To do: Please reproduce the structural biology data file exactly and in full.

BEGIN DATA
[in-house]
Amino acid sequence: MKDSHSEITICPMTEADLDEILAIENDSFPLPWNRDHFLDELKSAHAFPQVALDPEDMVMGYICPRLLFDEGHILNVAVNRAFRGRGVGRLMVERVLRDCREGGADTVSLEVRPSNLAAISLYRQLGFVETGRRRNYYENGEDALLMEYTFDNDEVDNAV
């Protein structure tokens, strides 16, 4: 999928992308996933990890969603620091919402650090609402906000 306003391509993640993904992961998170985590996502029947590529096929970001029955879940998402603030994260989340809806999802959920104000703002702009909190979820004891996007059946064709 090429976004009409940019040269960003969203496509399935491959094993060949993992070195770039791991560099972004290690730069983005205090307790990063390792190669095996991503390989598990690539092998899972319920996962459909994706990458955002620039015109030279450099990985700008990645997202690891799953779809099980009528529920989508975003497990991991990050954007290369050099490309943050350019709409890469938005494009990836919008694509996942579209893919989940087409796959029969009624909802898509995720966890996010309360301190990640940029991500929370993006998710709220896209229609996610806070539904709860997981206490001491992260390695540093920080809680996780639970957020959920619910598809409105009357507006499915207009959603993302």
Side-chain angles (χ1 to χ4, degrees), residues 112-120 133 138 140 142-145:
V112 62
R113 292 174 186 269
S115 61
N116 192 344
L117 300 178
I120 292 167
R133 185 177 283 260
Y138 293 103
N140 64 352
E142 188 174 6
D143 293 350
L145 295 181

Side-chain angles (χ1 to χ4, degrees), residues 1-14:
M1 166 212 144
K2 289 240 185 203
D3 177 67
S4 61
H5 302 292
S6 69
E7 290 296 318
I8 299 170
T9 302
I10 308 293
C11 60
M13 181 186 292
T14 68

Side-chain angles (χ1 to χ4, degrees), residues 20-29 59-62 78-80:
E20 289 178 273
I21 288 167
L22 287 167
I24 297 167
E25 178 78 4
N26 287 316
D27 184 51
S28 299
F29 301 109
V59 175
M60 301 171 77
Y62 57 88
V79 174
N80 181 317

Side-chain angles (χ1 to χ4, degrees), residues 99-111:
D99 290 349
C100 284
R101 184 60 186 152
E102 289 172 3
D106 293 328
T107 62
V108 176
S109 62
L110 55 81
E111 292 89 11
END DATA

[in-house]
Amino acid sequence: MKDSHSEITICPMTEADLDEILAIENDSFPLPWNRDHFLDELKSAHAFPQVALDPEDMVMGYICPRLLFDEGHILNVAVNRAFRGRGVGRLMVERVLRDCREGGADTVSLEVRPSNLAAISLYRQLGFVETGRRRNYYENGEDALLMEYTFDNDEVDNAV
């Protein structure tokens, strides 16, 4: 999928992308996933990890969603620091919402650090609402906000 306003391509993640993904992961998170985590996502029947590529096929970001029955879940998402603030994260989340809806999802959920104000703002702009909190979820004891996007059946064709 090429976004009409940019040269960003969203496509399935491959094993060949993992070195770039791991560099972004290690730069983005205090307790990063390792190669095996991503390989598990690539092998899972319920996962459909994706990458955002620039015109030279450099990985700008990645997202690891799953779809099980009528529920989508975003497990991991990050954007290369050099490309943050350019709409890469938005494009990836919008694509996942579209893919989940087409796959029969009624909802898509995720966890996010309360301190990640940029991500929370993006998710709220896209229609996610806070539904709860997981206490001491992260390695540093920080809680996780639970957020959920619910598809409105009357507006499915207009959603993302």
Side-chain angles (χ1 to χ4, degrees), residues 112-120 133 138 140 142-145:
V112 62
R113 292 174 186 269
S115 61
N116 192 344
L117 300 178
I120 292 167
R133 185 177 283 260
Y138 293 103
N140 64 352
E142 188 174 6
D143 293 350
L145 295 181

Side-chain angles (χ1 to χ4, degrees), residues 1-14:
M1 166 212 144
K2 289 240 185 203
D3 177 67
S4 61
H5 302 292
S6 69
E7 290 296 318
I8 299 170
T9 302
I10 308 293
C11 60
M13 181 186 292
T14 68

Side-chain angles (χ1 to χ4, degrees), residues 20-29 59-62 78-80:
E20 289 178 273
I21 288 167
L22 287 167
I24 297 167
E25 178 78 4
N26 287 316
D27 184 51
S28 299
F29 301 109
V59 175
M60 301 171 77
Y62 57 88
V79 174
N80 181 317

Side-chain angles (χ1 to χ4, degrees), residues 99-111:
D99 290 349
C100 284
R101 184 60 186 152
E102 289 172 3
D106 293 328
T107 62
V108 176
S109 62
L110 55 81
E111 292 89 11